Khator, other Houston leaders to speak at TribFest 2023
Every year, the Texas Tribune hosts a festival in downtown Austin. Marketed as a way to bring community members and leaders together, this year’s TribFest features an impressive lineup of local politicians, journalists and several familiar names including UH System Chancellor Renu Khator.
Khator, who will be a part of a three-person panel on building research powerhouses, is not the only noteworthy Houstonian that will be featured at TribFest. Though the event is hosted in Austin, Texas Tribune spokesperson Matt Ewalt said the lineup should be of interest to any Houston native.
“With nearly 300 speakers and 125 panels, what’s nice for folks from Houston, is that they will find conversations that are of immediate interest and impact with Houston leaders,” Ewalt said. “Outside of that there are events that may pique their curiosity for a little more exploration.”
Among those speakers and panels will be Houston ISD Superintendent Mike Miles. Miles, who was brought in as a part of Texas’ takeover of the district, has been the subject of criticism for his handling of HISD’s revamp. The Houston Landing will be hosting Miles for a one-on-one discussion on his plan for the coming year.
Also listed as a speaker is Harris County Judge Lina Hidalgo. While she is still listed as a speaker on the TribFest site, Ewalt said that it remains unclear if Hidalgo will still attend after she announced her leave of absence earlier this year.
“We’d certainly be honored to have her,” Ewalt said. “We’re gonna wait to hear from her as to whether her schedule and priorities will allow for her to still be a part of TribFest.”
Hidalgo, Miles and Khator are just some of the Houston-based speakers that will take the stage at TribFest 2023. For a look at the full lineup, check out the speaker page.
A part of what Ewalt refers to as “event-based journalism,” the goal of TribFest is to create a greater community dialogue between the people that make and are featured in the media, and the audiences they serve.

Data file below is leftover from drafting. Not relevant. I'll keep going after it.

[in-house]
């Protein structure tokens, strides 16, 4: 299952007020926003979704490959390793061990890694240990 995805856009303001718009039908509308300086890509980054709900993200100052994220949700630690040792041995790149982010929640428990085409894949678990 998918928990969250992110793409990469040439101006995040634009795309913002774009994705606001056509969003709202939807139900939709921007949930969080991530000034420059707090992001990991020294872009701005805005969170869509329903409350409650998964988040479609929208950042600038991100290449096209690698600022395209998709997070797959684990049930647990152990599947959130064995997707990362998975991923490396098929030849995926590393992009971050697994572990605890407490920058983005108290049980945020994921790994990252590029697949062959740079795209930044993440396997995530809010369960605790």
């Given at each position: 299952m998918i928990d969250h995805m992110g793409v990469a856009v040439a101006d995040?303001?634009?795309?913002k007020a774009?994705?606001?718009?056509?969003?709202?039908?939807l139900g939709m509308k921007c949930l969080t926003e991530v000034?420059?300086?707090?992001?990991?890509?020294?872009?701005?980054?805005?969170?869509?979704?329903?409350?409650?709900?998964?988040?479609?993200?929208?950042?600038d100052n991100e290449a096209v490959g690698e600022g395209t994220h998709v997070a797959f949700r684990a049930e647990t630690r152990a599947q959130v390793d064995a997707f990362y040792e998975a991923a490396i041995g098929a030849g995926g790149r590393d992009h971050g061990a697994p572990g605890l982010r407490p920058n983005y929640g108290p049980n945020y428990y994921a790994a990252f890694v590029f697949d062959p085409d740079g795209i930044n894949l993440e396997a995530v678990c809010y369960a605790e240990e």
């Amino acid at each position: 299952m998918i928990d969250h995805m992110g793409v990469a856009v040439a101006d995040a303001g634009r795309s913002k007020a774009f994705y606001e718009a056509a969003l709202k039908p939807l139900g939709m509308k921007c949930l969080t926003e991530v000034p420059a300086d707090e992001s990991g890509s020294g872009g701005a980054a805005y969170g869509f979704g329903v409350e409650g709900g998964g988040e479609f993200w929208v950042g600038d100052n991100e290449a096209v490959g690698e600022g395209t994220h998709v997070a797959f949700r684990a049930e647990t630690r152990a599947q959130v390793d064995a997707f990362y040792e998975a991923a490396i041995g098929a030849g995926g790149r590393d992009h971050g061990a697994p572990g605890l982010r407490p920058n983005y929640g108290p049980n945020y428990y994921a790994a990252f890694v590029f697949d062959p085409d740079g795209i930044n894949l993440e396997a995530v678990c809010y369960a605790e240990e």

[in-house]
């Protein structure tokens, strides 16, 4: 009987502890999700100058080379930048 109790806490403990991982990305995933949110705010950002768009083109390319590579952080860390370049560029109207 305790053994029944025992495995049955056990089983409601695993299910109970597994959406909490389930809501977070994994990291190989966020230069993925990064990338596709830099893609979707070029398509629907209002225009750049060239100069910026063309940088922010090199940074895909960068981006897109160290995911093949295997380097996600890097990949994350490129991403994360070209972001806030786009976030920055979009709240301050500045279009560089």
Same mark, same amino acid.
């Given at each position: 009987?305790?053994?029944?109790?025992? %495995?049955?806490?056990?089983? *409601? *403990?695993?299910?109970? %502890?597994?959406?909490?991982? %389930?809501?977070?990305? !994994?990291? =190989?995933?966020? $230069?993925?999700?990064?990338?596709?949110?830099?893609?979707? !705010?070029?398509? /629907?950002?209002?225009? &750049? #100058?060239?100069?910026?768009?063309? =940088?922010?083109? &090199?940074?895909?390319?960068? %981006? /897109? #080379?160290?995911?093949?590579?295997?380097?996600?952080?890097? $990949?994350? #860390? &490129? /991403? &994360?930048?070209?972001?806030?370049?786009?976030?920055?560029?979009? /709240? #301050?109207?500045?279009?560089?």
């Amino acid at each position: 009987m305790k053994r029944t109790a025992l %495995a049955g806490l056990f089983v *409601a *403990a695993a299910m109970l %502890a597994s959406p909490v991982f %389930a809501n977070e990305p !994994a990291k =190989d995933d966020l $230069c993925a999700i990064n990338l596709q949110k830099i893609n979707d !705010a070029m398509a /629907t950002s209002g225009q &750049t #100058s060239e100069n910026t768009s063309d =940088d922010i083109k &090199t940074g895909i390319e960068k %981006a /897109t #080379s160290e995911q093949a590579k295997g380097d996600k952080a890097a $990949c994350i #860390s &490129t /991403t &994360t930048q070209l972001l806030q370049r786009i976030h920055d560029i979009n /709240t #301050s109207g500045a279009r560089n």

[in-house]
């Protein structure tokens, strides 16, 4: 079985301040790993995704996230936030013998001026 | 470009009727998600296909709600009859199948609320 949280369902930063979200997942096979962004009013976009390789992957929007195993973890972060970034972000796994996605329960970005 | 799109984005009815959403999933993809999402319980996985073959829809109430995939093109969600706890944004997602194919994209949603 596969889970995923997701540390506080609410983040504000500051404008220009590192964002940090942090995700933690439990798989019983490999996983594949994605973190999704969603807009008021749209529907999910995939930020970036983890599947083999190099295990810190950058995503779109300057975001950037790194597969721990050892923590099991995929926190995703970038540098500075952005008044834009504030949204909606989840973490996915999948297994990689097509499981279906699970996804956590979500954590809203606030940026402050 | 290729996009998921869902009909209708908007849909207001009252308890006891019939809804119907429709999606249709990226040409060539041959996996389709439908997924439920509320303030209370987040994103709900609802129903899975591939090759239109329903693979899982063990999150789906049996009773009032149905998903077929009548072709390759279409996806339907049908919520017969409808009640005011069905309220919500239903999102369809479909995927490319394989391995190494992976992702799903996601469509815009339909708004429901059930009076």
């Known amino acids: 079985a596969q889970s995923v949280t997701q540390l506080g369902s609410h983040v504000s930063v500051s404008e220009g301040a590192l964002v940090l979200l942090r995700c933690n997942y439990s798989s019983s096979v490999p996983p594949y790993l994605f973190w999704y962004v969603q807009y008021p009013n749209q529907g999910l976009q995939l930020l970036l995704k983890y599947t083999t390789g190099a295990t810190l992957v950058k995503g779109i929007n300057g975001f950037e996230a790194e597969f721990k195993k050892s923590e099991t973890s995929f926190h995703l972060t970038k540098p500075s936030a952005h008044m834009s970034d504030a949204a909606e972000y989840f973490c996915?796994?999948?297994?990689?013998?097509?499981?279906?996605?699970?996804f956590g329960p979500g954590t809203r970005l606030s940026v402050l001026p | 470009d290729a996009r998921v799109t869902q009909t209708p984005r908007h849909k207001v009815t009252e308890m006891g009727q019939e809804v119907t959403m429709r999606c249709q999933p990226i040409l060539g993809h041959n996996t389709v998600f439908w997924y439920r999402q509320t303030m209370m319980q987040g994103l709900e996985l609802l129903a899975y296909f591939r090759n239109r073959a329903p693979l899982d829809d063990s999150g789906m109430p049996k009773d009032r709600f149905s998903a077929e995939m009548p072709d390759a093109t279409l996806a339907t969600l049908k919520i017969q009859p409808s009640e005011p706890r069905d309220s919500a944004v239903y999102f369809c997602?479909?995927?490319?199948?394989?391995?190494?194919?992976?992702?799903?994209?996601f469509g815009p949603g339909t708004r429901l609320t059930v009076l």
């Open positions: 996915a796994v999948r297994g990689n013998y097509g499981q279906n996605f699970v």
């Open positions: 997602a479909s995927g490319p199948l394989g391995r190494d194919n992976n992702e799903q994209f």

“The Texas Tribune was a pioneer in these types of larger journalism events,” Ewalt said. “This is different from other kinds of festivals in that it is an extension of, and in alignment with, a lot of the journalism that The Tribune is doing throughout the year.”
The Tribune, which operates as a non-profit, focuses more on the direct impact of its reporting than clicks or ad revenue generated. As an organization that is primarily member-supported, The Tribune has placed a special emphasis on building community through its reporting.
This is exactly what Ewalt and the editorial board of The Texas Tribune have set out to do with TribFest. The event’s organizers pride themselves on fostering an environment that promotes honesty and a holistic approach to interviewing and public discussion.
“These are interviews in which speakers aren’t given questions in advance, and indeed, our attendees have an opportunity to ask questions of our speakers,” Ewalt said. “So, there is this natural conversation happening on stage that isn’t pre-canned.”
Students from all universities are encouraged to attend. For those concerned by the cost of admission, TribFest offers a discounted rate of $50 for individuals who purchase their ticket using a university-affiliated email address. The student ticket provides access to all panel discussions in the event’s regular program.
“For us, to have students and young Texans be part of these conversations matters tremendously,” Ewalt said. “We can look at a number of different political issues today where young people aren’t just part of the conversation but indeed in many respects leading those conversations and questioning current policy.”